The Q&A Archives: Rooting A Fig Tree

Question: My daughter is moving from her current house to a new home. She has two unknown types of fig trees. Is it possible to take a cutting from the current tree and transplant it to a new location? If so, how?

Answer: Fig trees are very easy to propagate. The simplest and easiest way to propagate a fig is by stem cuttings. Make cuttings in late winter while the plant is still dormant. Cut 8-10" sections of the previous season's growth. Place the cuttings in a moist potting soil or in a rich garden soil, setting them deep enough so that 1 or 2 buds are above the soil surface. Water as needed to keep them moist but not soggy. Fig cuttings root rapidly and will begin growth in spring as the weather warms.

Figs may also be propagated by rooted side shoots. Shoots arising below the ground surface frequently form roots. They can be separated from the parent bush with a shovel and transplanted into their new location. This is best done in late winter or early spring.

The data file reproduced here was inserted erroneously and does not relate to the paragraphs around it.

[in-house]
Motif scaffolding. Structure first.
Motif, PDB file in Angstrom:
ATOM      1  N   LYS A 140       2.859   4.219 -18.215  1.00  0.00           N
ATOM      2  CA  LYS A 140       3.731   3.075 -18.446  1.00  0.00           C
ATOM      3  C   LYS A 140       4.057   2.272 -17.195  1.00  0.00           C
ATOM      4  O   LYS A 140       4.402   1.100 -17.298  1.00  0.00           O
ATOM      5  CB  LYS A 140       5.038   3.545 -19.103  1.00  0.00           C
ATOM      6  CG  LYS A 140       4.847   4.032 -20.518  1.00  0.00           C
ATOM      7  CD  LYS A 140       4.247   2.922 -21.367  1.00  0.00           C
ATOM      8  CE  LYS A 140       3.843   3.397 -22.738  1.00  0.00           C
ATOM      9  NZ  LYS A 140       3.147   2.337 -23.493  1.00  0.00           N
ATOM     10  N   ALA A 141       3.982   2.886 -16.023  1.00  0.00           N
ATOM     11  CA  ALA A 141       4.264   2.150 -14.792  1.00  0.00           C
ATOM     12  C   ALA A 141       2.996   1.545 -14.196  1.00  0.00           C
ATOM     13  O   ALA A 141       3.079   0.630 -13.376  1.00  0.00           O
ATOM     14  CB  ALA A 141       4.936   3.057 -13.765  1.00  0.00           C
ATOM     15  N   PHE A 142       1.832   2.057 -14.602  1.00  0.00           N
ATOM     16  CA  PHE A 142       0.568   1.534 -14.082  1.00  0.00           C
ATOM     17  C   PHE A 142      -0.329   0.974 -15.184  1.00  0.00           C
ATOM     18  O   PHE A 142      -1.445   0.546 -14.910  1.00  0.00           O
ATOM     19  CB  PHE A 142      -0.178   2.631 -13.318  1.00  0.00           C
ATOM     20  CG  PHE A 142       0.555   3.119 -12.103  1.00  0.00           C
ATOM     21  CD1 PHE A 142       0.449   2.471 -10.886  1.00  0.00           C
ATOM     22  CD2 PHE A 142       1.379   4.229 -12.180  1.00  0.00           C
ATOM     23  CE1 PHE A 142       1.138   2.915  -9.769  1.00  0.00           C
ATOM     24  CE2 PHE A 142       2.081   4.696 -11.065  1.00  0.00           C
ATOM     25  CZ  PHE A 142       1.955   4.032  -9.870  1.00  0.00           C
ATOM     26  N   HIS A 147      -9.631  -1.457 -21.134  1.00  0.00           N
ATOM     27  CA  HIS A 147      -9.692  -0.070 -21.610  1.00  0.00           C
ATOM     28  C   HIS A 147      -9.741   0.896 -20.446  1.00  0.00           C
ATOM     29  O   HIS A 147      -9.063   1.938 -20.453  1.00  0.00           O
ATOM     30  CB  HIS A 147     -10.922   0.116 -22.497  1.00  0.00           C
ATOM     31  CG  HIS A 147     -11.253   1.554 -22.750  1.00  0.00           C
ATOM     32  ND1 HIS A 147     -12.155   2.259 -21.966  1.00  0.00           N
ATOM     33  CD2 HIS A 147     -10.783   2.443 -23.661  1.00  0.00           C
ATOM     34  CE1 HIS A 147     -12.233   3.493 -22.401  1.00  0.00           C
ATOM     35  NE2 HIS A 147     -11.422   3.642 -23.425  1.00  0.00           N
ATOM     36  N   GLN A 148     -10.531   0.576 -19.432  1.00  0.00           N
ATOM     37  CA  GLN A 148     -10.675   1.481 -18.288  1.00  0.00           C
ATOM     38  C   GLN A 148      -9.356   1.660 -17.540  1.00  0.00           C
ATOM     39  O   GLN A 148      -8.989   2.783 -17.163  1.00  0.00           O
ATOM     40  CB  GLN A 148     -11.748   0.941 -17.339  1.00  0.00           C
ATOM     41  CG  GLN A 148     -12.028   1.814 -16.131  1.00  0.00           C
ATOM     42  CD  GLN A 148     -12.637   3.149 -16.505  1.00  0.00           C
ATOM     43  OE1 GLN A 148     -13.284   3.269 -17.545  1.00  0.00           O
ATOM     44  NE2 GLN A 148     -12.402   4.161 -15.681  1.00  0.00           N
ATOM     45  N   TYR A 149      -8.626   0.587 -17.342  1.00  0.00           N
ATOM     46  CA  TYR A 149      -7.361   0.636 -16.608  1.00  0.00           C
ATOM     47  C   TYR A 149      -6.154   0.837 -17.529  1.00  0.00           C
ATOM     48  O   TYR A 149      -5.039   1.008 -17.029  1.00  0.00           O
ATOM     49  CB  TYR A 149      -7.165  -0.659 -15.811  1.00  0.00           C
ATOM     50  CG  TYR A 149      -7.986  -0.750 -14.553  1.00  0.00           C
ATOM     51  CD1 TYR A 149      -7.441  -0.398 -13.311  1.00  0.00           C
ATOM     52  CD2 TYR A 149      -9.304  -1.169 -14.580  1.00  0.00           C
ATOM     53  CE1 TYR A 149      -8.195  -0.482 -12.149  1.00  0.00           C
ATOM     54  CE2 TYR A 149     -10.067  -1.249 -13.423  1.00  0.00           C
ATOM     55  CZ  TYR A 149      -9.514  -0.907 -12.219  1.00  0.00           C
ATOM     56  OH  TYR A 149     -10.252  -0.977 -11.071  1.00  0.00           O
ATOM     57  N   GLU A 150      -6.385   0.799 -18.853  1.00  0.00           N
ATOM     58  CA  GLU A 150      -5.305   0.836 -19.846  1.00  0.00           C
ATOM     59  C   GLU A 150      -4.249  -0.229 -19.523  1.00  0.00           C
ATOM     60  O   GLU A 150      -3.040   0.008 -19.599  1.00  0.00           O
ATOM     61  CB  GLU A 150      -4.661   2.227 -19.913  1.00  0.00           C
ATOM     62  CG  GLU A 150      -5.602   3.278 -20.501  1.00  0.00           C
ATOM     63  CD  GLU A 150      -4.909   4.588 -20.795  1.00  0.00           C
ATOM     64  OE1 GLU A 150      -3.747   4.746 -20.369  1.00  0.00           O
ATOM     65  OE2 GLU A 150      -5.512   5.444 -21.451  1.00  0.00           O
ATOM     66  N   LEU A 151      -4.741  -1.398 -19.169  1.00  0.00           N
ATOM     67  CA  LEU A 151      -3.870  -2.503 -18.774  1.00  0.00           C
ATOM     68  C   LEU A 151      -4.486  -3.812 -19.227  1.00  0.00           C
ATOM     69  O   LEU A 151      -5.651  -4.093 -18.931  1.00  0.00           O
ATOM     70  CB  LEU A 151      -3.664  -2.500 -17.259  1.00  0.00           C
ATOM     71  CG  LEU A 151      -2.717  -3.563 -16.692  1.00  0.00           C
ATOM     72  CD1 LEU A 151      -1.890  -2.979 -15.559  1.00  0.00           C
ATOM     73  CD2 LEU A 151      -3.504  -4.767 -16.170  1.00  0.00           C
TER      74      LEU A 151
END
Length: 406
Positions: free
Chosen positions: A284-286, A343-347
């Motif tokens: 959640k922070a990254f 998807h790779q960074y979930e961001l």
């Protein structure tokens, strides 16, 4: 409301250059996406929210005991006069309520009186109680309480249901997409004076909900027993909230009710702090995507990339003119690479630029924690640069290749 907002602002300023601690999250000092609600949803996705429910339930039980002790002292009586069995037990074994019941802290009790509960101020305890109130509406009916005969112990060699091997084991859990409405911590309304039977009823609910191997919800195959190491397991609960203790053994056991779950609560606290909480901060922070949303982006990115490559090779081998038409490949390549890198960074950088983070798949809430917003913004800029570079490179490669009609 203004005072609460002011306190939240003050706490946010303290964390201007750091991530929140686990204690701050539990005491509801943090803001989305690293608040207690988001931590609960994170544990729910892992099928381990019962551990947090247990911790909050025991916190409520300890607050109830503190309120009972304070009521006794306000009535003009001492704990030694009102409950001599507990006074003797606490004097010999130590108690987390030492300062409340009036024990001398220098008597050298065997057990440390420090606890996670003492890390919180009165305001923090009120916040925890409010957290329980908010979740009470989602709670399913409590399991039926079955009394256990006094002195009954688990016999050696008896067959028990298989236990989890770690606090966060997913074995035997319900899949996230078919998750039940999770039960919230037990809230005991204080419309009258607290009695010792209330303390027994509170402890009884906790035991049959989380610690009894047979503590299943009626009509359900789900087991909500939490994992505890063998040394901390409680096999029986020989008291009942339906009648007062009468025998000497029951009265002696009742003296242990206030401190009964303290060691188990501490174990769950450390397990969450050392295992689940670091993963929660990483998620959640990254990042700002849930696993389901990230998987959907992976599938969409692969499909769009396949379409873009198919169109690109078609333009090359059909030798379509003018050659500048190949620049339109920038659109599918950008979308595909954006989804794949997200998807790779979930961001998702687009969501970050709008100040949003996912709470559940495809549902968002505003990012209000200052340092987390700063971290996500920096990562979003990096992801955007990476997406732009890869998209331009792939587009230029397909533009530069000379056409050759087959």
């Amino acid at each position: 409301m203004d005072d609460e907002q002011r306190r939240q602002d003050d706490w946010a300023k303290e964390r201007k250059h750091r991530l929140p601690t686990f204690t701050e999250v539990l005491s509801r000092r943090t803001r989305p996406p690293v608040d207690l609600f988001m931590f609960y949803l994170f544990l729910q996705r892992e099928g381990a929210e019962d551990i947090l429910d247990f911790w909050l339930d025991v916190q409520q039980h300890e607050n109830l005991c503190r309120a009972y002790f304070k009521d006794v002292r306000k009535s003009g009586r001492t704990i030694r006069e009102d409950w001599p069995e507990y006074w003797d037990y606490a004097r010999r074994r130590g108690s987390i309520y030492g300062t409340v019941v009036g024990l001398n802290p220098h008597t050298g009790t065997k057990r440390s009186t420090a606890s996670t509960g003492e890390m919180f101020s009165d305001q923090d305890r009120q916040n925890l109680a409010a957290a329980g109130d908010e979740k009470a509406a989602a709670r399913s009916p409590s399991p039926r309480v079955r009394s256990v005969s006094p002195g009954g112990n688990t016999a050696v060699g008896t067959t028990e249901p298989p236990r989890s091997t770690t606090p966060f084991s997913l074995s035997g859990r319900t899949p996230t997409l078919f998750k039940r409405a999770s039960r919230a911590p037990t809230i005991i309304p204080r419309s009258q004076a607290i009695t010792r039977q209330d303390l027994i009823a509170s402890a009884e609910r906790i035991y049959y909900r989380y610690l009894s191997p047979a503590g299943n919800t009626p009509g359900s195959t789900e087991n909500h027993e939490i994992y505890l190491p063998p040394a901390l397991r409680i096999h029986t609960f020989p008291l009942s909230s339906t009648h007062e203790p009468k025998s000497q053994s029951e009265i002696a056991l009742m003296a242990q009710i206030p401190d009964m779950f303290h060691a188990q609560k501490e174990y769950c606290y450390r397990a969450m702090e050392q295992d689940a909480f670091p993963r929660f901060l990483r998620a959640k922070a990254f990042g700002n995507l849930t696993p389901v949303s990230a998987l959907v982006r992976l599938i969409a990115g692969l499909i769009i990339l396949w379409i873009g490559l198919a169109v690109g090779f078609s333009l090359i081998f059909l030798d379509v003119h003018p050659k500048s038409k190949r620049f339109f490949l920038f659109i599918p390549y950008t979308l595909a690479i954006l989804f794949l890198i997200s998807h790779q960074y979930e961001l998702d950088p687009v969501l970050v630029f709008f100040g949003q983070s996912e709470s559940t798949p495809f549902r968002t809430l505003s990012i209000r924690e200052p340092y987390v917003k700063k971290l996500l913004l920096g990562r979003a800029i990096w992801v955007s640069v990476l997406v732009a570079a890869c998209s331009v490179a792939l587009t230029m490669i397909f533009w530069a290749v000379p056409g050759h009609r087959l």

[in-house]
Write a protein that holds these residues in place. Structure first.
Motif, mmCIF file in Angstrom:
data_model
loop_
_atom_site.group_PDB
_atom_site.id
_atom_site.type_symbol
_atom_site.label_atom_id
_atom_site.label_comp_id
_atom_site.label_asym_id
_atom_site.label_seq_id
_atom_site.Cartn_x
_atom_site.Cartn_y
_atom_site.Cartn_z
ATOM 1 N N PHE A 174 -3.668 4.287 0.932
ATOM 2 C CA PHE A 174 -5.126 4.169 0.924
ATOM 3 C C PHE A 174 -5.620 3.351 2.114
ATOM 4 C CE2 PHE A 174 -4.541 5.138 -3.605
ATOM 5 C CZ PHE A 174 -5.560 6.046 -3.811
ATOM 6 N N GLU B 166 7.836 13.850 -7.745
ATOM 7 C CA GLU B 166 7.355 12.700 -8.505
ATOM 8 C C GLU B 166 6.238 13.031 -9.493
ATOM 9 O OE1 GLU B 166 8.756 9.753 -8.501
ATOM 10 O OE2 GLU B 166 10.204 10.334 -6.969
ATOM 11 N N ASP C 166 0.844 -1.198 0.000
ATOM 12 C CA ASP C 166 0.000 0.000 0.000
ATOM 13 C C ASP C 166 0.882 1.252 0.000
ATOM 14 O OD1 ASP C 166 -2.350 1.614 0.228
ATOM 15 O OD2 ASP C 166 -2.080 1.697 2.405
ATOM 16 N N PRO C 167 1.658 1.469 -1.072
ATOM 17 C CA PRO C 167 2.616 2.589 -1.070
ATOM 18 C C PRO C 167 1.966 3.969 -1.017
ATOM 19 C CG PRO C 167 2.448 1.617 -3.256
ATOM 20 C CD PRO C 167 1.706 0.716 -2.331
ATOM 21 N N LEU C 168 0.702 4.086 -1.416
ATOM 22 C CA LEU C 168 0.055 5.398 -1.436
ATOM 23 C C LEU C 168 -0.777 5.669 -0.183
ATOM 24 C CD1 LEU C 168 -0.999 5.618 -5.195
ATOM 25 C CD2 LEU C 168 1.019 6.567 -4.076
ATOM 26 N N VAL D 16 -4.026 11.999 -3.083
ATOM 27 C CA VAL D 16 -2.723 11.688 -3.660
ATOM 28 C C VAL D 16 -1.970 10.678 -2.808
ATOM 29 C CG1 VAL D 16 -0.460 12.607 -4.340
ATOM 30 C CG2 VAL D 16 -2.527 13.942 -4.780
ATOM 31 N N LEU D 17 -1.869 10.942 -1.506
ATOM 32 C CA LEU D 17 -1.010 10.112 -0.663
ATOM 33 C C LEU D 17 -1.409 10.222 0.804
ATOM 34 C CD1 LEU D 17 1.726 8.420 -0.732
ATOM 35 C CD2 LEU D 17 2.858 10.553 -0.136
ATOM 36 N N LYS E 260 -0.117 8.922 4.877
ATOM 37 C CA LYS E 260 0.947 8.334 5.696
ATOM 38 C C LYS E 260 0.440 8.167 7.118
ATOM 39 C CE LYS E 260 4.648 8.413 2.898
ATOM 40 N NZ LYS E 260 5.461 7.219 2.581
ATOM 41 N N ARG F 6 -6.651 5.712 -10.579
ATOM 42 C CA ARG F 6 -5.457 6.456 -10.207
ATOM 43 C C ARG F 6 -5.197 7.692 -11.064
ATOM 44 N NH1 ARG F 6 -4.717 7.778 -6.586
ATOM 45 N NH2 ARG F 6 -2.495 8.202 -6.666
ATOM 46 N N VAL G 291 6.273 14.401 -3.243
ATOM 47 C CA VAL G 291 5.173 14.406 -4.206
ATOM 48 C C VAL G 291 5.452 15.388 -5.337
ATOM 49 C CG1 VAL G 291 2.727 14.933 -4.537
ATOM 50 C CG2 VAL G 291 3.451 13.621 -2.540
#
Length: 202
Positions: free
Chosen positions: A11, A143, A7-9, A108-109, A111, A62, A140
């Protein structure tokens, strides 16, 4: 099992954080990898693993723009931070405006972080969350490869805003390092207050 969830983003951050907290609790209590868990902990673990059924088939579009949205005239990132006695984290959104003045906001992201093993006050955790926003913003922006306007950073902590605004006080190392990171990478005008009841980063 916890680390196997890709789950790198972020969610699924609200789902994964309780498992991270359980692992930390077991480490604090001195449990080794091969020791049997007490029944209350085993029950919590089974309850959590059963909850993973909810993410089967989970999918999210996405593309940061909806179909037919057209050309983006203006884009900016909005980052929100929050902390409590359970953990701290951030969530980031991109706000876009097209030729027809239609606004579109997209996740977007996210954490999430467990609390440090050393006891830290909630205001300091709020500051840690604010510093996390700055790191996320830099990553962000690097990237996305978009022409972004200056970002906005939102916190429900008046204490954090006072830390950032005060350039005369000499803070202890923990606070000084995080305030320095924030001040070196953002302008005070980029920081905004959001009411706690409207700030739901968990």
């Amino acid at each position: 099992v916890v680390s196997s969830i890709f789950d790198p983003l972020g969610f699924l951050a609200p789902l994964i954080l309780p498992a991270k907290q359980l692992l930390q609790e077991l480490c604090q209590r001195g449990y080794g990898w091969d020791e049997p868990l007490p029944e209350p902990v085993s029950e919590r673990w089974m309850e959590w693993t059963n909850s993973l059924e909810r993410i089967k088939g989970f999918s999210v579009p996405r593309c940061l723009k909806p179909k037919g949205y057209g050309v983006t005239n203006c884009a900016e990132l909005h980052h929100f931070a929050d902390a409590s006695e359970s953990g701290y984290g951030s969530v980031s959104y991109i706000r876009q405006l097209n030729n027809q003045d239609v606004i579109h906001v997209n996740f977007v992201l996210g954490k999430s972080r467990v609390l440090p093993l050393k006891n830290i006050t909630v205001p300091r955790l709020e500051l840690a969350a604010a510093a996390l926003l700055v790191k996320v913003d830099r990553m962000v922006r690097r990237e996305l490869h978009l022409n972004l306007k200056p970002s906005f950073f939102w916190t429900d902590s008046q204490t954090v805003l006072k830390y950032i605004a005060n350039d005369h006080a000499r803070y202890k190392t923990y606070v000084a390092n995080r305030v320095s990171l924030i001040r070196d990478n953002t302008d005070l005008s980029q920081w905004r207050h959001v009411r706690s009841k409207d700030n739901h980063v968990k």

Figs can also be propagated during the growing season by air layering. To make an air layer, remove a ring of bark 3/4 inch wide from a branch the size of one of your fingers. Place a fist sized wad of moist sphagnum moss over the wounded area and wrap the moss with a plastic wrapper or Saran wrap. Tie the plastic wrap at the top and bottom ends with a twist tie. After a couple of weeks begin to check for roots visible through the plastic. Keep the moss moist until several roots appear. Then cut the shoot off below the rooted section and plant it immediately. Keep it in a bright location out of direct sunlight for a few weeks to give it a chance to establish more roots.

Thanks for the question and good luck with your fig!

« Click to go to the homepage

» Ask a question of your own

Q&A Library Searching Tips

  • When singular and plural spellings differ, as in peony and peonies, try both.
  • Search terms are not case sensitive.

Today's site banner is by ge1836 and is called "Sempervivum Henry Carrevon"